I wish to thank Marian Quartly, Kate Murphy, Ian Ward and the two anonymous referees for their helpful comments. I should also like to thank Nick Economou for reading an earlier version and his general help with my citizenship research.
“The Spirit of Sturdy Independence”: Robert Menzies' Language of Citizenship, 1942–52*
Article first published online: 13 JUN 2006
Australian Journal of Politics & History
Volume 52, Issue 2, pages 202–223, June 2006
How to Cite
Dyrenfurth, N. (2006), “The Spirit of Sturdy Independence”: Robert Menzies' Language of Citizenship, 1942–52. Australian Journal of Politics & History, 52: 202–223. doi: 10.1111/j.1467-8497.2005.00415.x
- Issue published online: 13 JUN 2006
- Article first published online: 13 JUN 2006
- Cited By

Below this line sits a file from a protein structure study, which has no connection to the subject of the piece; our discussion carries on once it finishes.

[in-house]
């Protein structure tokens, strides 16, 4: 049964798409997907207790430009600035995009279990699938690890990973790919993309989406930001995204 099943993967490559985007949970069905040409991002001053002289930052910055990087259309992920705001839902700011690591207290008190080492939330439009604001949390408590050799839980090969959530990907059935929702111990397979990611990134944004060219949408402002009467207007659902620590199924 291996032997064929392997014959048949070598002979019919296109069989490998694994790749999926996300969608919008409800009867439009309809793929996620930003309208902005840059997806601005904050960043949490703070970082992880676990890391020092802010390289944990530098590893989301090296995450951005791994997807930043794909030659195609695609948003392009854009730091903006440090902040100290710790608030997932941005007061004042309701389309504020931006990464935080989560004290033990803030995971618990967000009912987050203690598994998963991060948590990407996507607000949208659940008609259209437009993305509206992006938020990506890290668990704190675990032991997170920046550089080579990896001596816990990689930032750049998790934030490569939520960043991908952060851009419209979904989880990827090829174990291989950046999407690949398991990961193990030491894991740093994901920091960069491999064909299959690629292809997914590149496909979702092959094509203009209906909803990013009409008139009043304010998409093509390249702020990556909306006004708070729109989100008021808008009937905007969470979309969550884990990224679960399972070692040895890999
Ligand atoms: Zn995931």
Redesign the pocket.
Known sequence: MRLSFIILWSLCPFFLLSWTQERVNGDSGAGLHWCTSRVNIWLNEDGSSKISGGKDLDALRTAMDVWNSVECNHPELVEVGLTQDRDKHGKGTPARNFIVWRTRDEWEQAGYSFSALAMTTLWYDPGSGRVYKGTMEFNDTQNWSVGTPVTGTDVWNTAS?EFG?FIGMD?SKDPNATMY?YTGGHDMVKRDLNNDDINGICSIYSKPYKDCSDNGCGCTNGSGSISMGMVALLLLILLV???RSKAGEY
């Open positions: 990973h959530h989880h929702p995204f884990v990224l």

Empirical and theoretical studies have shown the development of both the idea and practice of Australian citizenship to be incremental and ad hoc. However, insufficient attention has been placed on the role political language has historically played in the formation and legitimation of such an ideal of citizenship. I contend that language has, in the absence of definition and explication, vastly shaped our past and present imaginings of the citizen. Within this superstructure, Australian Liberals have contingently and ideologically fashioned a language of citizenship emphasising duties and obligations. Robert Menzies provides the great example and it is his construction and use of language which I want to examine in detail as a coherent philosophy of citizenship as well as pointing to the historical limitations of language.